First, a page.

Divisional morphogenesis: Morphogenesis commences apokinetally with the appearance of loosely arranged basal bodies around and next to the anterior cirri of the transverse row. The proliferation of these basal bodies appears to occur below the cortex and thus all old cirri and fibres nearby remain intact. Then, two oral fields (primordia) are formed with further proliferation of more basal bodies (we unfortunately field to find an intermediate stage between the first and the next phase). Evidently, the proter's oral primordium develops de novo below the buccal cavity. The parental paroral and endoral membranes begin to dissolve and obviously not incorporated in the formation of the primordium. The primordium in the opisthe is not arched and develops at the same place where it originates, posterior to that of the proter. Slightly later, membranelles differentiate at the left anterior end of the enlarged oral primordia in both proter and opisthe. Two groups of cirral anlagen (FVT-anlagen) develop to the right of oral primordia, each of which has about 20-25 oblique streaks. The left marginal primordium in both dividers could be seen at this time within the old structure, several cirri of which are involved in the formation of the new anlagen. By contrast, the right marginal primordia, which lie to the right of the FVT-streaks, are only slightly longer than those next to it and are obviously separated from the parental structure. Dorsal kineties develop from two anlagen within each parental kinety which by now consist of short, close-set rows of basal bodies, the macronuclear segments are somewhat enlarged with no recognizable replication band. Micronuclei remain unchanged. Development in both dividers is very similar and takes place at about the same pace. Nevertheless, the entire field of the proter migrates to the frontal portion of the cell while opisthe's primordium still develops clearly beneath the cortex. Hence the old fibrils and cirri could be observed in this region. In both dividers, the anterior end of the primordium arches strongly. The new adoral membranelles and the anlage of the undulating membranes differentiate in a posterior direction. A single (paroral) cirrus develops from the anterior end of the undulating membrane anlage, later becoming the rightmost frontal cirrus. FVT-anlagen begin to segregate into cirri with the exception of the right most one (anlage for right marginal row) which is only enlarged and becomes markedly longer. Subsequently, about half of the membranelles are differentiated. The segregation of cirri from FVT-anlagen is complete. Each anlage, except the UM-streak, develops into 3 cirri, all of which are placed in three oblique rows. The anlagen of the left marginal row develop anteriorly from disaggregating parental cirri. The fusion of macronuclear segments is completed by this time, forming a single large mass with ca. 7 enlarged micronuclei attached to it. Cortical morphogenesis proceeds with further cirral segregation from the marginal anlagen. Some parental ciliary organelles are disaggregated. The anlage for the undulating membrane splits in both proter and opisthe, giving rise to the paroral and endoral membranes. The formation of the adoral zone of membranelles in both dividers is completed and each has acquired its definitive shape. The new cirral rows begin to extend as the cell elongates and migrates to form the mature cortical pattern. At this stage it could be seen that one or two cirri from the right most anlagen sometimes become resorbed so that the number of cirri in each longitudinal row, ventral or transverse, are not always equal. The parental dorsal kineties are completely resorbed. The anlagen of dorsal primordia stretch continuously in both directions across almost the whole dorsal surface. A single caudal cirrus develops from the posterior end of each dorsal kinety each of which consists of ca. 6 basal bodies. The micronuclei and macronuclear segments begin to divide. The final process is just before the cell divides. The frontal, transverse and ventral cirri have migrated to their final position. The separation of the undulating membranes is already completed. The caudal cirri become confluent with the marginal rows. By this time, some old membranelles, marginal and transversal cirri are still not completely resorbed. The remaining morphogenetic events are very similar to those known for other hypotrichous ciliates: the daughter-cells separate and then, with the completion of the cytostome become once again trophic cells. Compared with those of other known hypotrichs, the morphogenesis of this species is characterized by the following particulars: 1) Only the left marginal row derives from the disintegrated parental structure in the usual fashion. The right marginal row originates homologously with the cirri of FVT-complex. 2) The numerous oblique FVT-anlagen develop only to 2 frontal and buccal cirri, one transverse and 2 ventral (untypical midventral) rows. 3) Frontoterminal cirri, i.e. deriving from the rightmost streak of FVT-anlagen, absent. 4) With the exception of the dorsal kineties and the left marginal row, the old ciliature is generally not involved in the formation of new primordia. Even in the proter, unlike most other known types, there is no indication that the old undulating membrane is joined to the origin of the oral primordium, viz. the site of the oral primordium of the proter is not within the buccal field by posterior to it. 5) All parental ciliature, including the adoral zone of membranelles, is entirely renewed during the cytogenesis. (ref. ID; 4889)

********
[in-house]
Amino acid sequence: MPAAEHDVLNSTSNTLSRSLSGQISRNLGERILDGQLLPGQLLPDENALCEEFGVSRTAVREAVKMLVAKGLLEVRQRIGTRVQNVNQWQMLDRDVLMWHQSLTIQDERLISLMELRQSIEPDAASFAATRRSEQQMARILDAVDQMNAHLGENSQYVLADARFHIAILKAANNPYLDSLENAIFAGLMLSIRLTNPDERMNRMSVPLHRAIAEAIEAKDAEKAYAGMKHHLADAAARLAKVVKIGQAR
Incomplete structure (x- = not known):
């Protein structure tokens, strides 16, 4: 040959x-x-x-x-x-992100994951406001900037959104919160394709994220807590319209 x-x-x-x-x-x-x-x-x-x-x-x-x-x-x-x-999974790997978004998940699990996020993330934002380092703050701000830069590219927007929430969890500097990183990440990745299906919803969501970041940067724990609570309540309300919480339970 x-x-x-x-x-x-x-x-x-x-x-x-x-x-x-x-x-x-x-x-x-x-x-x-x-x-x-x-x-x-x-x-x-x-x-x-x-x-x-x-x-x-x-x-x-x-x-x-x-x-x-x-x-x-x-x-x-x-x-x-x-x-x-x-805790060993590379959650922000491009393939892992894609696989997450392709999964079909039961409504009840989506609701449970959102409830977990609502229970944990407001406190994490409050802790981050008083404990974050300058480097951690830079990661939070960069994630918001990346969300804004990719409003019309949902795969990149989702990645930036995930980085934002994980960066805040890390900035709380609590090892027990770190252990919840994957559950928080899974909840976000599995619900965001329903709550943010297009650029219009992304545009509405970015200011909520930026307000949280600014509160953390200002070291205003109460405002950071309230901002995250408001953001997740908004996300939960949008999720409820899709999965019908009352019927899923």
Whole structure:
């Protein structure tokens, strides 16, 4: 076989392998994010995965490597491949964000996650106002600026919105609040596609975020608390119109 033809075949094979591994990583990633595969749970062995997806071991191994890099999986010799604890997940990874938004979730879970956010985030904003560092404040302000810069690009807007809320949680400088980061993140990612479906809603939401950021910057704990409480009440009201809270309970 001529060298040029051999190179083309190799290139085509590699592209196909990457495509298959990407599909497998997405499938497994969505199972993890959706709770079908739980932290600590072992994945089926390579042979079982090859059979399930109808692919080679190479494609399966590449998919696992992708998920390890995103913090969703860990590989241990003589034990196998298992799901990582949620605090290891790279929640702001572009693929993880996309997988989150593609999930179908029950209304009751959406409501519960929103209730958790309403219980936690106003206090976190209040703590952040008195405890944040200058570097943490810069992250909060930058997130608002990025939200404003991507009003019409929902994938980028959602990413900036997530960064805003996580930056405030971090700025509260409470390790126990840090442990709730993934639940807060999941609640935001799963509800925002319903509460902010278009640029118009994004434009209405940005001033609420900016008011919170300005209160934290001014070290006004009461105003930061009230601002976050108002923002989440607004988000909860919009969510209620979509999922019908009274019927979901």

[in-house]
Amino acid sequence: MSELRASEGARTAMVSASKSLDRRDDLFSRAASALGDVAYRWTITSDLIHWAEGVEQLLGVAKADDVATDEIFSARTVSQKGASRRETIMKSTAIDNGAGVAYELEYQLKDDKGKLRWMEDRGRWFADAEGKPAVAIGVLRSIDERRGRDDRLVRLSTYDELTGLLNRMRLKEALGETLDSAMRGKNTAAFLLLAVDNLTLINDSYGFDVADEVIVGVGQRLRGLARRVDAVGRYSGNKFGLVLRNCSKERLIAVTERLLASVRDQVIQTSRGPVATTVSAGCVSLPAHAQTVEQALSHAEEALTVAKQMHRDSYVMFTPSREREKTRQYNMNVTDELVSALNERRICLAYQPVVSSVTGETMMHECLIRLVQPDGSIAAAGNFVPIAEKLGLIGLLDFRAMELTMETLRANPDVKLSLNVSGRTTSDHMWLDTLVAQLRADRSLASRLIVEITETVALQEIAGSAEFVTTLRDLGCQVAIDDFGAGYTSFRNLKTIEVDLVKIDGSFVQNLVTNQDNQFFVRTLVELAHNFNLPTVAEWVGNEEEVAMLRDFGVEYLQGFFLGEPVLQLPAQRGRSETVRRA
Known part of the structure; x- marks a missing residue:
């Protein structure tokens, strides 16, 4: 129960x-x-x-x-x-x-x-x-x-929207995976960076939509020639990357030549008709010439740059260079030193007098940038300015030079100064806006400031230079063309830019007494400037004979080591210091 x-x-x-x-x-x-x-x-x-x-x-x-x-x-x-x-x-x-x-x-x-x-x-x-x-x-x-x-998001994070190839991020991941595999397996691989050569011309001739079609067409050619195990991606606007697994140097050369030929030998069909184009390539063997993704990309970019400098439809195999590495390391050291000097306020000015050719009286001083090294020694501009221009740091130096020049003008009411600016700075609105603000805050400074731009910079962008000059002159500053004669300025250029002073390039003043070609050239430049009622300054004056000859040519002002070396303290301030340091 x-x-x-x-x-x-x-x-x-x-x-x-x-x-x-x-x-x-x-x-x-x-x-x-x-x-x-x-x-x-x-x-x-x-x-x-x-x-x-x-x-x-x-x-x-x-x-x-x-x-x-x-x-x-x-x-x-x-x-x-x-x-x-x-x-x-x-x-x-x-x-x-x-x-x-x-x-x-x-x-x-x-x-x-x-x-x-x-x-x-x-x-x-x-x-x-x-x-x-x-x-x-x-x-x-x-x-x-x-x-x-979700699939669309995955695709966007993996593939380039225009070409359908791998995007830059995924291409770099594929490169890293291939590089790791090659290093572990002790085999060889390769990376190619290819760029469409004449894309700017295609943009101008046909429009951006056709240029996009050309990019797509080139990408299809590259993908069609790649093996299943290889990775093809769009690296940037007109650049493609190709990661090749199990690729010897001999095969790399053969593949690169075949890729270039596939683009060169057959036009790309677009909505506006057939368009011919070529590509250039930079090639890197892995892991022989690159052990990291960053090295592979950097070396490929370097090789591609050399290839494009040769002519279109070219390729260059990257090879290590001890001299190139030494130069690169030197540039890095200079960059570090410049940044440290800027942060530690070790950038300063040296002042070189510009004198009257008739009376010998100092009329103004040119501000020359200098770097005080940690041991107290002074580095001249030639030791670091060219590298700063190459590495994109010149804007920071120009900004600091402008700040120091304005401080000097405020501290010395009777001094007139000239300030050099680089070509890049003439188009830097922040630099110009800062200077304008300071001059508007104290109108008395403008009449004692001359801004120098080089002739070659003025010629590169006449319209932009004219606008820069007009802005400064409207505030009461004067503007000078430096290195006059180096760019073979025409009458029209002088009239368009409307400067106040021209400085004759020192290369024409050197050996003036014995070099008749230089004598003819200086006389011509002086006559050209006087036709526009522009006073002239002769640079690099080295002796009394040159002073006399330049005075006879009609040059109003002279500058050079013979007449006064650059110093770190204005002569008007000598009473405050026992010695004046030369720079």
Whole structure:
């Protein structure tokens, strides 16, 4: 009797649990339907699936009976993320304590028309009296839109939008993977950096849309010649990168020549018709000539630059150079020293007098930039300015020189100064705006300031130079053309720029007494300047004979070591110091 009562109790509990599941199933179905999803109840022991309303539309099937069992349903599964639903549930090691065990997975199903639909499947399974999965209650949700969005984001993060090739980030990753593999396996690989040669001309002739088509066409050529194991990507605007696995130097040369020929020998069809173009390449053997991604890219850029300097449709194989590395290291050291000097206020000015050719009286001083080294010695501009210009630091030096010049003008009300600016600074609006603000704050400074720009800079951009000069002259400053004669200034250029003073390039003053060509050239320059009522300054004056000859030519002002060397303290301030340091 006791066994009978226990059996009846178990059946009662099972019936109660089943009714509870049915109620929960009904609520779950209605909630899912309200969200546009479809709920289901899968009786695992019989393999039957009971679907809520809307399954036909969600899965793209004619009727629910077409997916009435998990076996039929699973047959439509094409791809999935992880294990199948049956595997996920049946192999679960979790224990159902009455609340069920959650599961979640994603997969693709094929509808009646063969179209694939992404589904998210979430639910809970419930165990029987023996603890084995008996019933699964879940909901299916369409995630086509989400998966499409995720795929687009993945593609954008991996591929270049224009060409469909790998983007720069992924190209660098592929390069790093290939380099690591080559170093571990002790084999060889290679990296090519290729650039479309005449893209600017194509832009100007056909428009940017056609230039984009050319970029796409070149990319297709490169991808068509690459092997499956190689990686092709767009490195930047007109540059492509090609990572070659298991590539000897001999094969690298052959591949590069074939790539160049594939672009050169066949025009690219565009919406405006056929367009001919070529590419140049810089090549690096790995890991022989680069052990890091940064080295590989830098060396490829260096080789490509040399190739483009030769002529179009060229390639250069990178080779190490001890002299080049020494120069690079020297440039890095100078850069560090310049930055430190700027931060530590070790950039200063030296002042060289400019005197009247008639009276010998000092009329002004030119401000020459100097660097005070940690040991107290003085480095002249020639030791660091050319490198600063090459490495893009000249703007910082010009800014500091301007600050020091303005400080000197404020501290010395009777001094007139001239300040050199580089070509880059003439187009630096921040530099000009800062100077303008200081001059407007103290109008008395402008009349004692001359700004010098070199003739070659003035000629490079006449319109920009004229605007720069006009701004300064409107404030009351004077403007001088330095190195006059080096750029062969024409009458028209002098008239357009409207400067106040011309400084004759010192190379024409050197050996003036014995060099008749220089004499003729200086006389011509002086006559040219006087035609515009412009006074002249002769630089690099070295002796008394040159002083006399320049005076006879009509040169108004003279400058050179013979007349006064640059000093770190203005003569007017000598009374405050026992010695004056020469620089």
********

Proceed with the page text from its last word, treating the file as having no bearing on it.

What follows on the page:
Comments; The population described here is almost certainly conspecific with the organism of Maupas (1883). The forms as depicted in Figs. 5 and 6 in the original report (Maupas 1883), which have a characteristic indention to the left of the buccal field, were not observed among cells in culture. A likely explanation for this is that field specimens are more likely to be starved and to exhibit the characteristic folding or indentation described by Maupas (1883). Furthermore, the spherical macronuclei, cortical structure, cirral arrangement, dark-grey cytoplasm, body size and shape, and biotope are all consistent with those described by Maupas (1883) indicating that the identification is correct. The systematic position of this species has been uncertain since the original report by Maupas (1883). Though several authors mentioned it thereafter (Kahl 1932; Gelei 1936; Kattar 1970; Borror 1972), its ciliary pattern remained unknown until it was reinvestigated and excluded from the genus Holosticha (Song 1996). The species found by Patsch (1974) from a freshwater stream in the nature park Wildenrath in Germany is almost certainly a misidentification as Hemberger (1982) noted in his generic revision. (ref. ID; 4889)